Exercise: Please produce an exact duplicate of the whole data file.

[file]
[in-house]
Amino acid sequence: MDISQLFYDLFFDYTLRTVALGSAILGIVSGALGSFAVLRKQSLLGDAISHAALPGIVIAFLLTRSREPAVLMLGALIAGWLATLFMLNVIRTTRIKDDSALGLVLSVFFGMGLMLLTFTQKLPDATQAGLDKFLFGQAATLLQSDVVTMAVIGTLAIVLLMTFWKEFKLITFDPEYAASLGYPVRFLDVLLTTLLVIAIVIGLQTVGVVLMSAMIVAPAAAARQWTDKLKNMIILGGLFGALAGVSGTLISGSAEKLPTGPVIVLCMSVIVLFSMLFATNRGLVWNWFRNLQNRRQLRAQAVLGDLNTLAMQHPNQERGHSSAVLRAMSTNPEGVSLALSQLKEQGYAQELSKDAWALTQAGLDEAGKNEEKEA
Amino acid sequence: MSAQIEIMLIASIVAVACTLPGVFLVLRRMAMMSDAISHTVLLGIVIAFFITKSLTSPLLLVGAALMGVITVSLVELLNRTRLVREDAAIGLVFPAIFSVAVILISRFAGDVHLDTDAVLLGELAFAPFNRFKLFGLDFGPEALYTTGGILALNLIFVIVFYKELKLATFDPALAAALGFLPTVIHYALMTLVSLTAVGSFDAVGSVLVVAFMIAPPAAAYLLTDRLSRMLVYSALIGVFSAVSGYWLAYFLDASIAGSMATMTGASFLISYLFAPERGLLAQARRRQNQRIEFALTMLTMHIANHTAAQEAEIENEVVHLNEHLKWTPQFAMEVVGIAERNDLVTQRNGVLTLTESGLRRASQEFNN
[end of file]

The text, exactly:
[in-house]
Amino acid sequence: MDISQLFYDLFFDYTLRTVALGSAILGIVSGALGSFAVLRKQSLLGDAISHAALPGIVIAFLLTRSREPAVLMLGALIAGWLATLFMLNVIRTTRIKDDSALGLVLSVFFGMGLMLLTFTQKLPDATQAGLDKFLFGQAATLLQSDVVTMAVIGTLAIVLLMTFWKEFKLITFDPEYAASLGYPVRFLDVLLTTLLVIAIVIGLQTVGVVLMSAMIVAPAAAARQWTDKLKNMIILGGLFGALAGVSGTLISGSAEKLPTGPVIVLCMSVIVLFSMLFATNRGLVWNWFRNLQNRRQLRAQAVLGDLNTLAMQHPNQERGHSSAVLRAMSTNPEGVSLALSQLKEQGYAQELSKDAWALTQAGLDEAGKNEEKEA
Amino acid sequence: MSAQIEIMLIASIVAVACTLPGVFLVLRRMAMMSDAISHTVLLGIVIAFFITKSLTSPLLLVGAALMGVITVSLVELLNRTRLVREDAAIGLVFPAIFSVAVILISRFAGDVHLDTDAVLLGELAFAPFNRFKLFGLDFGPEALYTTGGILALNLIFVIVFYKELKLATFDPALAAALGFLPTVIHYALMTLVSLTAVGSFDAVGSVLVVAFMIAPPAAAYLLTDRLSRMLVYSALIGVFSAVSGYWLAYFLDASIAGSMATMTGASFLISYLFAPERGLLAQARRRQNQRIEFALTMLTMHIANHTAAQEAEIENEVVHLNEHLKWTPQFAMEVVGIAERNDLVTQRNGVLTLTESGLRRASQEFNN